Whenever I go to the Mandarin Oriental Hotel in Taipei, I like to stop by the Cake Shop located on the ground floor of the inner part of the retail courtyard. Similar to other parts of the hotel, the shop can be entered from more than one place. The best and most direct way is through the front door from the courtyard. Upon entering the shop one immediately sees the cakes and pastries displayed in vitrines set on a large white stone counter. To the left of the entrance are freshly baked bread and Viennoiseries. To the right, are chocolates and the wonderful macarons. The back walls behind the display counters are shelves for the various packaging materials. I just love the colors of the boxes, ribbons, and the way they are composed on the wall.
Outside to the right of the shop is a small area with tables and chairs for customers to eat and be served. But I really dislike this space because it feels like one is sitting in a large corridor. In contrast to the shop, there is no ambiance and it is not really designed in any thoughtful manner. Therefore I always buy the various items to go. In fact, the Cake Shop has become the place I like to go to buy birthday cakes for other people. Not only are the cakes delicious and beautiful, the packaging is just delightful.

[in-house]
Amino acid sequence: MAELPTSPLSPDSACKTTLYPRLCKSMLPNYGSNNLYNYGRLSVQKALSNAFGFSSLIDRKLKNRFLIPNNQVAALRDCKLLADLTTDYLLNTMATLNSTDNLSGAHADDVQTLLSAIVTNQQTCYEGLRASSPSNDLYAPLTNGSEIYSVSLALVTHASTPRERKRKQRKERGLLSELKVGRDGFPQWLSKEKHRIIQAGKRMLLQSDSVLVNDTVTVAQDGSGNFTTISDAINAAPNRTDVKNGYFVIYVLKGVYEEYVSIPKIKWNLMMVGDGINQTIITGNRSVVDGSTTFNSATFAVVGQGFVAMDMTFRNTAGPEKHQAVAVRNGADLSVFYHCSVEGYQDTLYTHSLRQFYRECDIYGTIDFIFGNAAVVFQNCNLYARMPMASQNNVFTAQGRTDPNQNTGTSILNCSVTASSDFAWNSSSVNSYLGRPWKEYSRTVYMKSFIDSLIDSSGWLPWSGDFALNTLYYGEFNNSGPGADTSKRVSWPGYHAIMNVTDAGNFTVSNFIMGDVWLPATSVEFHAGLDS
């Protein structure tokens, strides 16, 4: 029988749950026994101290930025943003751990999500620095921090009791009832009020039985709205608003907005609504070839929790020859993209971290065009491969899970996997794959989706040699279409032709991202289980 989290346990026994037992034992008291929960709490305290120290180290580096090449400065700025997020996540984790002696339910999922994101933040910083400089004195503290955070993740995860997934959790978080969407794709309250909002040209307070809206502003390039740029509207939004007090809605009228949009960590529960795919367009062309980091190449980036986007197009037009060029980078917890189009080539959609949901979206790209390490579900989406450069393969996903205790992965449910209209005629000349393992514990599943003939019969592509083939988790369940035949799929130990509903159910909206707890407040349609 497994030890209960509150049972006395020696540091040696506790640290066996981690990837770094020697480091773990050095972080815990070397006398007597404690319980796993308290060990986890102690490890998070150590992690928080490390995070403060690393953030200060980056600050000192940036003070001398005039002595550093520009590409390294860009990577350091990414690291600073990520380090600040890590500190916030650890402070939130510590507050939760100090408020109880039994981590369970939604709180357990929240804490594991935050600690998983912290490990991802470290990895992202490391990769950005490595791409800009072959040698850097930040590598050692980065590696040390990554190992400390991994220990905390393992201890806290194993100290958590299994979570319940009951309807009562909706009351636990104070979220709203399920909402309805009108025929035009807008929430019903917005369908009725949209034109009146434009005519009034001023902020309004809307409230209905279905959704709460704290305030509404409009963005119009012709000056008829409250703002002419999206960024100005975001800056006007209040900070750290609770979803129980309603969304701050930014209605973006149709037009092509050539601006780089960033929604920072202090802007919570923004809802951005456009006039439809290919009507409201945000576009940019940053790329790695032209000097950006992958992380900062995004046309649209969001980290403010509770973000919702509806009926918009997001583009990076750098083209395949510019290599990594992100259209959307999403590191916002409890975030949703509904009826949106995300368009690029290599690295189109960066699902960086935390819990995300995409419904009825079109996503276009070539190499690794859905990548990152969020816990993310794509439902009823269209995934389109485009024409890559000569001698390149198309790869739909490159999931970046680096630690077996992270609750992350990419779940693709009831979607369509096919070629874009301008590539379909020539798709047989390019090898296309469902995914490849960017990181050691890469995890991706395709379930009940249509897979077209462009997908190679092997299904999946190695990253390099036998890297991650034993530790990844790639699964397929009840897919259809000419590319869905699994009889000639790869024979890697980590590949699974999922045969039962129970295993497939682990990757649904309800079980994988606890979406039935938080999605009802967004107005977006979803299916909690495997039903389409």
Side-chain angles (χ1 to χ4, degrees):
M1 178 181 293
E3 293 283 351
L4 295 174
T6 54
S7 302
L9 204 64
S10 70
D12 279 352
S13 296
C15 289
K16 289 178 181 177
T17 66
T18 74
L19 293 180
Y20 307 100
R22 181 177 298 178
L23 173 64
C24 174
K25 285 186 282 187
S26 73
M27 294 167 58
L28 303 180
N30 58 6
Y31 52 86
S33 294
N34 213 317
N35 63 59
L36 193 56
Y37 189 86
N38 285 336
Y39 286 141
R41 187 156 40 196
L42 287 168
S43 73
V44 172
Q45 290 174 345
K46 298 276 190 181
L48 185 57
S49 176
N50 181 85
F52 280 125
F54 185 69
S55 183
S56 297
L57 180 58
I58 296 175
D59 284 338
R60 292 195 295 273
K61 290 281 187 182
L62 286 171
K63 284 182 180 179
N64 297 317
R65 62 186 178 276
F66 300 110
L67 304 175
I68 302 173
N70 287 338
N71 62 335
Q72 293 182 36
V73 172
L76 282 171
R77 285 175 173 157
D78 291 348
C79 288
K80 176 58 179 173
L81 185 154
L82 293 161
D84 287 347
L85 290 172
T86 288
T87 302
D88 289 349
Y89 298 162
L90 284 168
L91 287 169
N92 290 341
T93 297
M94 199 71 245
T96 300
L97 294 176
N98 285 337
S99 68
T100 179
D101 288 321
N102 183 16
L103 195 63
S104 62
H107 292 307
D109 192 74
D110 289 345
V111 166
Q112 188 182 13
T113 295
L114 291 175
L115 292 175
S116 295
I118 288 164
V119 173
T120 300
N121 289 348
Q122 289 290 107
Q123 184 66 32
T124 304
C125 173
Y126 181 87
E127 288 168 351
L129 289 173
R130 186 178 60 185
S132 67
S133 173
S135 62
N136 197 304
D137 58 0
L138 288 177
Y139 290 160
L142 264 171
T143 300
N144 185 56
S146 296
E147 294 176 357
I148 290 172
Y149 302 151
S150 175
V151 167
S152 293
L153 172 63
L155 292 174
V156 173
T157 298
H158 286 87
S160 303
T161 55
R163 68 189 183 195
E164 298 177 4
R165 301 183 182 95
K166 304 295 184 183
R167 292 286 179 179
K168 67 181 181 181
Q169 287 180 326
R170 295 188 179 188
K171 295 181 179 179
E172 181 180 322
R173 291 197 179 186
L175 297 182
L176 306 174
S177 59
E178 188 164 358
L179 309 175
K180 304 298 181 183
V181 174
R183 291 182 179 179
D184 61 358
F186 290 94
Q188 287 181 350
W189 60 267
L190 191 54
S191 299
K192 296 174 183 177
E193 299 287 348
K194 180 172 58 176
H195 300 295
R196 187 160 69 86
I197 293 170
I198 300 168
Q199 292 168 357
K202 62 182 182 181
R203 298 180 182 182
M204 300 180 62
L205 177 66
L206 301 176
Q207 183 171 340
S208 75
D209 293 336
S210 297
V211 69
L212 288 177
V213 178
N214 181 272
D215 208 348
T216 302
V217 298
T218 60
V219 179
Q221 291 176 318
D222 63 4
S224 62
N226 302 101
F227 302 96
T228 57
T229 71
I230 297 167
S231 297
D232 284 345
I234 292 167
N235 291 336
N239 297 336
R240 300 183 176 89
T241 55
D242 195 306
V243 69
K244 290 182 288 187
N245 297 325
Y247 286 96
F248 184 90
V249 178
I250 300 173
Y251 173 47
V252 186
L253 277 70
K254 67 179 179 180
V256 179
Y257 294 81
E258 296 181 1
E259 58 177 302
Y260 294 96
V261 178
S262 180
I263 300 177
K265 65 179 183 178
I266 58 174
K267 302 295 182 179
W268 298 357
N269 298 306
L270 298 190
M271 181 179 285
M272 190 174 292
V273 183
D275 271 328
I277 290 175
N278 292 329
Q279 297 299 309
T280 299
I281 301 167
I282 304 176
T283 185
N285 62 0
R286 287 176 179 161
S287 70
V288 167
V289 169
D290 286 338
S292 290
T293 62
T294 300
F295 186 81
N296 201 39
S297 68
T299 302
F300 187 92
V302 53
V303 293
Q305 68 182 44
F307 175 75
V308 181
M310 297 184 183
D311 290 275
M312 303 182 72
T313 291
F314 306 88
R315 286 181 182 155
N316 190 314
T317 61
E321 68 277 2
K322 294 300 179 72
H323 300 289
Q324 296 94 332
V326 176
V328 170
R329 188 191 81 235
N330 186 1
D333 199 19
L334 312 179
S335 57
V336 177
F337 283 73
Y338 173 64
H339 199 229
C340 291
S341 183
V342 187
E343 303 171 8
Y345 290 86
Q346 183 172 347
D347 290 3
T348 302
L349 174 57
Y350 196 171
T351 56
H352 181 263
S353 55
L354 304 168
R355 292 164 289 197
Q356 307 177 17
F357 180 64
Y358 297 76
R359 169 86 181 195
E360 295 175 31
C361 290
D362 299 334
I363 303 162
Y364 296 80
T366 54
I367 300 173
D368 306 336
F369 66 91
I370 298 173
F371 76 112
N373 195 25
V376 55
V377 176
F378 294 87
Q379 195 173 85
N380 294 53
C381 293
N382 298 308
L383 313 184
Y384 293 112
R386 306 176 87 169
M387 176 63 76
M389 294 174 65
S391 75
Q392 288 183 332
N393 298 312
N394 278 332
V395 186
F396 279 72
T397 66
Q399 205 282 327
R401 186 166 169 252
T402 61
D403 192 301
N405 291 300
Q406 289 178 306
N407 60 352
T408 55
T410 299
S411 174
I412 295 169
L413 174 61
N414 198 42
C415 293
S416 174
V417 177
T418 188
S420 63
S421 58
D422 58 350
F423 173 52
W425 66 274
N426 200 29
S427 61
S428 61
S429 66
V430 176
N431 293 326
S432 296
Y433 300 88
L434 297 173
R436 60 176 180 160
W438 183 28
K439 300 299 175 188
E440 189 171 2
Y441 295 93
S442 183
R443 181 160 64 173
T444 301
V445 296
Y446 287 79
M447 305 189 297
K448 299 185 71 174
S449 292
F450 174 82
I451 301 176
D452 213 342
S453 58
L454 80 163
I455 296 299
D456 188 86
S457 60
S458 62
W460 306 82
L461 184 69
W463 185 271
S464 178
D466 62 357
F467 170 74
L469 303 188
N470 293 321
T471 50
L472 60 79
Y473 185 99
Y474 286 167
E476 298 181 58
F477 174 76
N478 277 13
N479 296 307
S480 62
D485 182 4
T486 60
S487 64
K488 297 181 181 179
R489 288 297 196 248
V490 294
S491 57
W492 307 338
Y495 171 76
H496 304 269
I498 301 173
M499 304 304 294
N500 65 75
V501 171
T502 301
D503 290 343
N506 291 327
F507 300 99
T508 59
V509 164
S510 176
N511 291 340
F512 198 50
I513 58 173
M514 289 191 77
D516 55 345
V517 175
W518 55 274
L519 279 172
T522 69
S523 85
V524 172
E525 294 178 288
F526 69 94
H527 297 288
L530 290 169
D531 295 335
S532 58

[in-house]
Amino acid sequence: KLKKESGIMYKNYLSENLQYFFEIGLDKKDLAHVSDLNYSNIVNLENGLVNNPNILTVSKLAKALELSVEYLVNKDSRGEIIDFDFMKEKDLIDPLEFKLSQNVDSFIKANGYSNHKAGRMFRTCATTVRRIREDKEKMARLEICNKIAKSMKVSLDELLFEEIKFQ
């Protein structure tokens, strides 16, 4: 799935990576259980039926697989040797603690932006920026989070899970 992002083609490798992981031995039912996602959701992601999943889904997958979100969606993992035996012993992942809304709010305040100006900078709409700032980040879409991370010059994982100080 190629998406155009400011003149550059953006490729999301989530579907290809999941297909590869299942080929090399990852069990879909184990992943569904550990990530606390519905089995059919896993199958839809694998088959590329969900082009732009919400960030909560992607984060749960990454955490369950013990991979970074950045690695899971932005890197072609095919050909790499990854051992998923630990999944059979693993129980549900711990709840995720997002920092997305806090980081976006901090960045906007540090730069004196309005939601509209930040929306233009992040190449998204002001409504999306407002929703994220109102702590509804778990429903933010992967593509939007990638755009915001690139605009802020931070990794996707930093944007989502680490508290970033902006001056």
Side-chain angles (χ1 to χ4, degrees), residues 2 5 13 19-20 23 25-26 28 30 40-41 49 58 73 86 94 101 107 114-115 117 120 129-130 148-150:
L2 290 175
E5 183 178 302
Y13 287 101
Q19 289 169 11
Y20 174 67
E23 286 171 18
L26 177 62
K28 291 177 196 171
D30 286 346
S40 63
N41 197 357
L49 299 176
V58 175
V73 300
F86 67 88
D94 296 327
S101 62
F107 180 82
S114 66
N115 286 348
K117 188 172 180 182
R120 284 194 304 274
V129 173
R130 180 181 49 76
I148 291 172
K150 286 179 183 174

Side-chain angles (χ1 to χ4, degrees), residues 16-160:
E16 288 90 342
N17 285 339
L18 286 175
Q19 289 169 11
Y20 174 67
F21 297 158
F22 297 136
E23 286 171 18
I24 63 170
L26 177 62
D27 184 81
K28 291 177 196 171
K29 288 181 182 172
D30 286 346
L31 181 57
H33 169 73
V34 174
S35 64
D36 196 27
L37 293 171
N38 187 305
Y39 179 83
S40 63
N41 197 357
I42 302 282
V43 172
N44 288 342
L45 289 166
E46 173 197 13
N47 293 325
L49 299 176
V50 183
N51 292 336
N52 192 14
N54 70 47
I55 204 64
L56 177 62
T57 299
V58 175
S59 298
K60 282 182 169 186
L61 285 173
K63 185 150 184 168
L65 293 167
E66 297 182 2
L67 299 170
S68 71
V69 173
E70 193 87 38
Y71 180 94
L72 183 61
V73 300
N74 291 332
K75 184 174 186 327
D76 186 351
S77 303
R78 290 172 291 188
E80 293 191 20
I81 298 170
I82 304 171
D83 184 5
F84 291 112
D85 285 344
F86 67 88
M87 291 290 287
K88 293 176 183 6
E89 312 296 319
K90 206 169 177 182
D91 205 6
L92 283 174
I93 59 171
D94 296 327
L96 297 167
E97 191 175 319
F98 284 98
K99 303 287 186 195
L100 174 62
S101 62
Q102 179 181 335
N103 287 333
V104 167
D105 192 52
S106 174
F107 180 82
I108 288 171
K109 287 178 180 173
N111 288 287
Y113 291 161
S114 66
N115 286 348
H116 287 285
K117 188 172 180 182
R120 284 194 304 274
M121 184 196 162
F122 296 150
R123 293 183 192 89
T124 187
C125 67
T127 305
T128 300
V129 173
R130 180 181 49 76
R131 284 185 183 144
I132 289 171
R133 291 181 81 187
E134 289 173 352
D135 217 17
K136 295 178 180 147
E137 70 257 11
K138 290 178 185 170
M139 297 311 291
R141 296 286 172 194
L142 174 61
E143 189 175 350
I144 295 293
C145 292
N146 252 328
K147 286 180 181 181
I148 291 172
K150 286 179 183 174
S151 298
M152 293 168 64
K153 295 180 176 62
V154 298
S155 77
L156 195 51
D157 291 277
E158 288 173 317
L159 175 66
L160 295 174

The box for the cake is a tall round cylinder with studs at the bottom to be secured with strings. This makes a serious impression on anyone.
Given that everything in the Cake Shop is fancy, one would think the prices would be exorbitant. In fact, the prices in the Cake Shop are comparable to other lesser pastries shops in town. Some of the items are actually cheaper.
I only hope the Cake Shop will be able to maintain the standards as time goes on. I wish it will not be like Sweet Tea by Yannick Alleno on the fourth floor of Taipei 101, where when it opened the pastries were in boxes with magnetic latches, the tarts were in beautiful rectangular boxes that slid open, and there were special items like Galette des Rois during the holidays. But now to save costs there are only paper-like boxes, the tarts are circular, and the Galette is only available at the sister store Lalos. I worry about the Cake Shop because the sous chef Alexis Bouillet has left, and his boss, the chocolate master Frank Haasnoot, is also rumored to be on the way out. Will the Cake Shop remain as good as it is or get even better? I certainly hope so. I am a fan.